• Do you want to create a passive income stream, allowing you to live solely off this income?
  • Do you want to invest in other businesses, and act as a consultant?
  • Are you keen to start a new business and begin the process again?

How you answer these questions will give you an idea of how, where, and what you should consider investing in.

Once you’ve got this plan in place, we recommend consulting a financial adviser to discuss how to deploy your money with confidence.

3. Diversify your portfolio

When you sell your business and decide to invest your proceeds you’ve got the ability to choose where and how you invest. If you’re looking to create a passive income, so you never have to work again, this is the path you would take.

This then forms the basis of your investment strategy. So, you’d then need to use a financial model to determine which investments will help you achieve this. With advice from your financial adviser, you would be able to determine what asset allocation best serves your needs.

This could cover shares, fixed interest, property, cash, or a mixture of these and more investment options.

You can also use your SMSF to build a portfolio that’s tailored to your financial goals.

4. Review your liability protection

Selling your business provides you with a significant boost in your financial assets. So it’s important to ensure that both your new wealth, and your existing assets, are protected.

You can do this by using an investment structure that provides asset protection, such as a trust or company structure, or setting up your SMSF with a corporate trustee.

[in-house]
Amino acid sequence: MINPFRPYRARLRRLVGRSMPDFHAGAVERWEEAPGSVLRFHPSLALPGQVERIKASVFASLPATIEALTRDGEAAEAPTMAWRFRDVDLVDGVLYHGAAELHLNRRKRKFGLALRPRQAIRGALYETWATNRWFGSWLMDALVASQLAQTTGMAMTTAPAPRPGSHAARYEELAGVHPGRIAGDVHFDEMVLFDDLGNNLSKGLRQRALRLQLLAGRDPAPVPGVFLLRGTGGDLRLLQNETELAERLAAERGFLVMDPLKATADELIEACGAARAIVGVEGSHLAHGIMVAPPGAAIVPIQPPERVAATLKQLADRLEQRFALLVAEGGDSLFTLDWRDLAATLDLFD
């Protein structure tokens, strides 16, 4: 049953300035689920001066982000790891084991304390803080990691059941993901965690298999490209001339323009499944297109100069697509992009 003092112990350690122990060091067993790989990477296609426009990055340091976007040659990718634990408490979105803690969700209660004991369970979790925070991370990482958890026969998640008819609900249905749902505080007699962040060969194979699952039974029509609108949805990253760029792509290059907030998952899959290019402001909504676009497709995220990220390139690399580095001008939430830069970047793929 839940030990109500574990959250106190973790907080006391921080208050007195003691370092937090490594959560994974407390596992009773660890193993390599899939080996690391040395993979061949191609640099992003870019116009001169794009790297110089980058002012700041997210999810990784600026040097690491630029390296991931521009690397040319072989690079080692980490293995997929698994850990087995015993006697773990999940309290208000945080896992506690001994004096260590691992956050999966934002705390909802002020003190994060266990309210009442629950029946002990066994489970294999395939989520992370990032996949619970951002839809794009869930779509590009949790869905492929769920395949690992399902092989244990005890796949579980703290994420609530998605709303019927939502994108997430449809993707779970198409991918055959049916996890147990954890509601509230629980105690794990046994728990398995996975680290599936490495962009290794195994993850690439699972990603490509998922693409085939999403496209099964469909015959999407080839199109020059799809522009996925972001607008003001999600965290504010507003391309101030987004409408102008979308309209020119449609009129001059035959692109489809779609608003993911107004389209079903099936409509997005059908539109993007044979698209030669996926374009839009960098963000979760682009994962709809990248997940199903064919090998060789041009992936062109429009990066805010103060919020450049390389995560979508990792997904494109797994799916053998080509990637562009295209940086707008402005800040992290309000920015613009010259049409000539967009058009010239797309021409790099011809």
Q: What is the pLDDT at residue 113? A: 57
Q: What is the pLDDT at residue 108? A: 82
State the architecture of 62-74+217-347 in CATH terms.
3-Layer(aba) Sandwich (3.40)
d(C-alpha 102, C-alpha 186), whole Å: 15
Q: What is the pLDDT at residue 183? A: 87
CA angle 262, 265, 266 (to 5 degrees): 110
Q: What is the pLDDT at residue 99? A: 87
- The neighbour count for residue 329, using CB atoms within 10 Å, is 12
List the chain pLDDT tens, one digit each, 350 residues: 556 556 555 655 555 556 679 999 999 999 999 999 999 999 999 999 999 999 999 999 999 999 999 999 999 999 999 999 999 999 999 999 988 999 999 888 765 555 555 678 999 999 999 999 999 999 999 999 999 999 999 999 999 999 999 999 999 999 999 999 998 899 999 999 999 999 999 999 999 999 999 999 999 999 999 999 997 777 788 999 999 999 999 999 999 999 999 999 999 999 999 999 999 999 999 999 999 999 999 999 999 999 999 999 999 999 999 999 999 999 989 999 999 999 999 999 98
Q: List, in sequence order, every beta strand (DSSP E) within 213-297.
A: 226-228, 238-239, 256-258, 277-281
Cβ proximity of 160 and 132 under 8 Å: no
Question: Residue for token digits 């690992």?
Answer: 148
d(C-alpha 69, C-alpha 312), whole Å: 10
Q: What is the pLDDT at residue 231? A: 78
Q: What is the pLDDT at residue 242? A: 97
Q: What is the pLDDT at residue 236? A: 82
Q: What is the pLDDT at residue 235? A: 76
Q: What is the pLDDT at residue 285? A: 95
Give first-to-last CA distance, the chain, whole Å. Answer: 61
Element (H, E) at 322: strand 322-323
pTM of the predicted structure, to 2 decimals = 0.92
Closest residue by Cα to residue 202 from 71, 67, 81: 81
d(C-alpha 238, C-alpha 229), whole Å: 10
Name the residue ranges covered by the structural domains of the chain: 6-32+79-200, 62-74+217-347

Your financial adviser can guide you through the best structure for your investments that will deliver the strongest level of liability protection against external issues.

5. Consider tax free investments, donations, and gifts

This shouldn’t be your only way of reducing your taxable income. But it can be a beneficial way to reduce the amount of tax you pay — and feel good while doing it.

So if charitable giving is a passion of yours, this can be a way to manage your money after selling your business. But there are smart ways to achieve your goals.

Instead of donating all at once, you might consider setting up a foundation, or your own charity. These can help you use your business sale proceeds to donate for the long term.

But this can be complicated, so we recommend speaking with your financial adviser to understand what’s involved when setting up a foundation or charity.